All talks were recorded and are being made available with captioning on the Medical Heritage Library YouTube channel (see Session 2 for the “Smoke on Screens” talk).

The Medical Heritage Library (MHL) is “a collaborative digitization and discovery organization committed to providing open access to the history of medicine and health resources.” It was established in 2009 with a grant from the Alfred P. Sloan Foundation to begin digitizing 50,000 medical history texts, and now includes more than 323,000 items made available by multiple contributors through an access portal on the Internet Archive.

UCSF Archives & Special Collections is a contributing partner to the Medical Heritage Library. In 2015-2017 A&SC collaborated with four other medical libraries to digitize and make publicly accessible state medical journals, funded by a $275,000 National Endowment for the Humanities (NEH) grant. 97 journal titles were digitized (nearly every state medical journal in the U.S.) resulting in over 2.7 million full-text searchable pages.

The Industry Documents Library has contributed over 5,000 video recordings to the MHL, beginning in 2012. These videos are part of our Truth Tobacco Industry Documents collection and include recordings of cigarette commercials, marketing focus groups, internal corporate meetings and trainings, depositions of tobacco company employees, and congressional hearings. The recordings document the industry’s marketing and public relations strategies to cast doubt on the harms of smoking and to prevent or delay public health regulations.

Screenshot from 1960 Flintstones commercial for Winstons cigarettes.
Screenshot of 1960 Flintstones TV commercial for Winston cigarettes, available in the Industry Documents Library collection of the Medical Heritage Library on the Internet Archive: https://archive.org/details/tobacco_djq03d00

October is Archives Month!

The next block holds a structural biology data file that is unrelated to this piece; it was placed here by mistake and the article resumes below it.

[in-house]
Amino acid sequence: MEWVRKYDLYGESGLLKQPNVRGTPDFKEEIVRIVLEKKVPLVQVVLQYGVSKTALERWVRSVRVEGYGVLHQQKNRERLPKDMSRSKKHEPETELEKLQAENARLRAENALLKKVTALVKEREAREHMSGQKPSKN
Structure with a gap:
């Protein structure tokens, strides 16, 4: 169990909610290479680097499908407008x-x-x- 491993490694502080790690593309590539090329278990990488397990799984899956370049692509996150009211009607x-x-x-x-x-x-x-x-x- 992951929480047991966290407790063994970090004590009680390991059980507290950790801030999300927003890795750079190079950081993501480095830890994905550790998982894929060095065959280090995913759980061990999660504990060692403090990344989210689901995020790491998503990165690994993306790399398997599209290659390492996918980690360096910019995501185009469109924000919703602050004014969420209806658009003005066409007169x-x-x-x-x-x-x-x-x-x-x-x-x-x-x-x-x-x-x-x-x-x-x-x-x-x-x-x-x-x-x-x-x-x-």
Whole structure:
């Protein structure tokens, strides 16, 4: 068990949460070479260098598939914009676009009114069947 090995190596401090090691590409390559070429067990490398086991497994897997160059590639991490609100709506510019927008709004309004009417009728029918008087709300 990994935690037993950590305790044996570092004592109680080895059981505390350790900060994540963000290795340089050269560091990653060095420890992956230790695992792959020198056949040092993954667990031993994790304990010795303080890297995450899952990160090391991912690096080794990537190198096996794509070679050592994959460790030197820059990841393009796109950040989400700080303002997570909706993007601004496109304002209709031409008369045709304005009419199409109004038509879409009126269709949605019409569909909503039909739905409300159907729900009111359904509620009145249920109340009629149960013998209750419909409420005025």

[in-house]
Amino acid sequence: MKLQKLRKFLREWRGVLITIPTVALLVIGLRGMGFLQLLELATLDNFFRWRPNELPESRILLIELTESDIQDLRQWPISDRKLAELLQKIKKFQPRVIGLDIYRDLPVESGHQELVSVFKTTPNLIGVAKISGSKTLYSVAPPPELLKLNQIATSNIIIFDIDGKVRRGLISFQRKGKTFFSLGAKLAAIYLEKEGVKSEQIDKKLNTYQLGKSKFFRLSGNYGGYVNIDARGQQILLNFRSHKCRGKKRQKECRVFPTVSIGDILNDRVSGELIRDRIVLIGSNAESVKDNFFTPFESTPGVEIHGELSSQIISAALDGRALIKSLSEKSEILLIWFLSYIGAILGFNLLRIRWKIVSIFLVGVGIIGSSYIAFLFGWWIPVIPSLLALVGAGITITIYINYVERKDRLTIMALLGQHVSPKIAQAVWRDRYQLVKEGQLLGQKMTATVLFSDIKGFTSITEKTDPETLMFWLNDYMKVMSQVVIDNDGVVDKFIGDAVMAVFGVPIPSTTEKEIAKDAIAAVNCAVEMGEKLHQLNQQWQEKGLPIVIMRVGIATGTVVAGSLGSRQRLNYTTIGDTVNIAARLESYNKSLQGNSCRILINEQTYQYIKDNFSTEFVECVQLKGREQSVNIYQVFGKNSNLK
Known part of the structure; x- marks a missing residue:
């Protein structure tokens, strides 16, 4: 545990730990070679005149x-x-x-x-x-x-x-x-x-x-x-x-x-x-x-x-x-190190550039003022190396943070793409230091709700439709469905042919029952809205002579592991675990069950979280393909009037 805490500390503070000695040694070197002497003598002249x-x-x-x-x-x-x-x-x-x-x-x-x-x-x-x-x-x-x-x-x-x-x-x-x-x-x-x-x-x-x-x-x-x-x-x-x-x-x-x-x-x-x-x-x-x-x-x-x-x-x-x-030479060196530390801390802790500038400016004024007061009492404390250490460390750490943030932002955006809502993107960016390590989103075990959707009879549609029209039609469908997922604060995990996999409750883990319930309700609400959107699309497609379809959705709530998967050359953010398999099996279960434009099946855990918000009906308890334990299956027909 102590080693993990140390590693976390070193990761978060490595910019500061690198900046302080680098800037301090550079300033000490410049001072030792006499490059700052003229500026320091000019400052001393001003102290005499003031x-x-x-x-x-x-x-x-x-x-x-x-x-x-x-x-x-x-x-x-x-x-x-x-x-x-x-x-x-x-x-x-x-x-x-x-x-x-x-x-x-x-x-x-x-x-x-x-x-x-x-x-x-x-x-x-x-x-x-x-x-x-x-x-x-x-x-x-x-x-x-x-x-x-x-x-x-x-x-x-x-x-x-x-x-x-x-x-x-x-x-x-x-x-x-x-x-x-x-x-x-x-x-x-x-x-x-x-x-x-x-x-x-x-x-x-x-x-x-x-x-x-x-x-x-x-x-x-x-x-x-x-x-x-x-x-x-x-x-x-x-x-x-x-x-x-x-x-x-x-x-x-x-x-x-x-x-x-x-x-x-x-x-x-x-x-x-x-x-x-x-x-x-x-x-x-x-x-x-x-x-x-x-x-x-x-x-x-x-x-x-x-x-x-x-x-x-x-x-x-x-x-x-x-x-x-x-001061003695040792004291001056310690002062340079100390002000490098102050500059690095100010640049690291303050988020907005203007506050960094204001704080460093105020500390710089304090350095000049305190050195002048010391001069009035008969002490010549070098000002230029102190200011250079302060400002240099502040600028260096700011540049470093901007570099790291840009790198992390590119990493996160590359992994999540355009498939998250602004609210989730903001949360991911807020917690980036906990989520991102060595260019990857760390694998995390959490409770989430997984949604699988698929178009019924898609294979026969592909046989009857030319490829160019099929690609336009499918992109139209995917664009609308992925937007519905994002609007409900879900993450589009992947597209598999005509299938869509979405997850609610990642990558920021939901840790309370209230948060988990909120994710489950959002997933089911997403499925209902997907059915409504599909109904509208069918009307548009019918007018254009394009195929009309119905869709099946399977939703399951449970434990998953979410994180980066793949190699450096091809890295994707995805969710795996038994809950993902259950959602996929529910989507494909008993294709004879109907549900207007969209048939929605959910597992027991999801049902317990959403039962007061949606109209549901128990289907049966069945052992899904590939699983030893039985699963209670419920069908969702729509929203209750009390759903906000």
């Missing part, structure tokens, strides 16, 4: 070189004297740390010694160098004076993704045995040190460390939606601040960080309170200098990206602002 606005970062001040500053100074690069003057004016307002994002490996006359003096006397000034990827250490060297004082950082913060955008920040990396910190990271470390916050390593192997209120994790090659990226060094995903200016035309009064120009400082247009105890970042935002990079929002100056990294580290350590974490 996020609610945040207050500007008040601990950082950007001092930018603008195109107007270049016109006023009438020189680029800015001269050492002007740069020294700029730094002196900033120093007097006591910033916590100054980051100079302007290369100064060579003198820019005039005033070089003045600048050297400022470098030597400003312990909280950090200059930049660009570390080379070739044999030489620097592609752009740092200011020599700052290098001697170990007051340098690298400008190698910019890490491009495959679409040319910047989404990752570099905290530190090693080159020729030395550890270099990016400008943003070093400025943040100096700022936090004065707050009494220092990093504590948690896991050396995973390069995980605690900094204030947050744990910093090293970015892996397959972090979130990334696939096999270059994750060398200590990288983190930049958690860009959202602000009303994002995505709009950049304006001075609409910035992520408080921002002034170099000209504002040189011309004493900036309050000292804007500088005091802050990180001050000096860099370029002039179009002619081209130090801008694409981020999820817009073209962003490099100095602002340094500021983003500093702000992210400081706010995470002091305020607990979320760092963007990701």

Every October we celebrate Archives Month to reflect on the value of historical materials and to highlight UCSF Archives programs and services. This year we are marking the occasion in the midst of the era-defining triple pandemic of COVID-19, systemic racism, and police violence, not to mention momentous political upheaval.

Now as much as ever, it is critical to protect the records of the past and of the present. We are living through and making history; we must ensure that a diverse and inclusive record of this time is preserved for those in the future to access and understand.

Here are some ways you can get involved to celebrate Archives Month:

Get started collecting and caring for your records (emails, photos, blogs, social media, reports, websites, etc). Consider submitting your materials to the UCSF COVID-19 Pandemic Chronicles.

Do you manage or contribute to a UCSF website? Check out our guidelines for preserving UCSF websites as part of the historical record of the University.

Join us on Wednesday October 7 for #AskAnArchivist Day! UCSF archivists will be standing by from 10am-2pm PDT on Twitter to answer your questions and chat about archives and UCSF history. Ask us anything at @ucsf_archives.

Interested in learning from the history of the health sciences to address current challenges? We’re excited to co-present Vesalius and Wrist Pain: Using Medical History to Solve Current Problems with the Bay Area History of Medicine Society on October 21 at 6:30pm PDT, with speaker Dr. David Lincoln Nelson. Please register in advance.

Visit our free online exhibit “’They Were Really Us’: The UCSF Community’s Early Response to AIDS” for a fascinating and moving story of how UCSF leaders in the 1980s and 1990s broke ground in the fight against the virus, launching the first AIDS clinic in the world and contributing to the identification of what came to be known as HIV.

To explore recordings of our past Archives Talks on topics ranging from Black Women Physicians’ Careers, Elderhood, Documenting While Black, and the Myth of the Perfect Pregnancy, please visit our Archives Events and Exhibits page.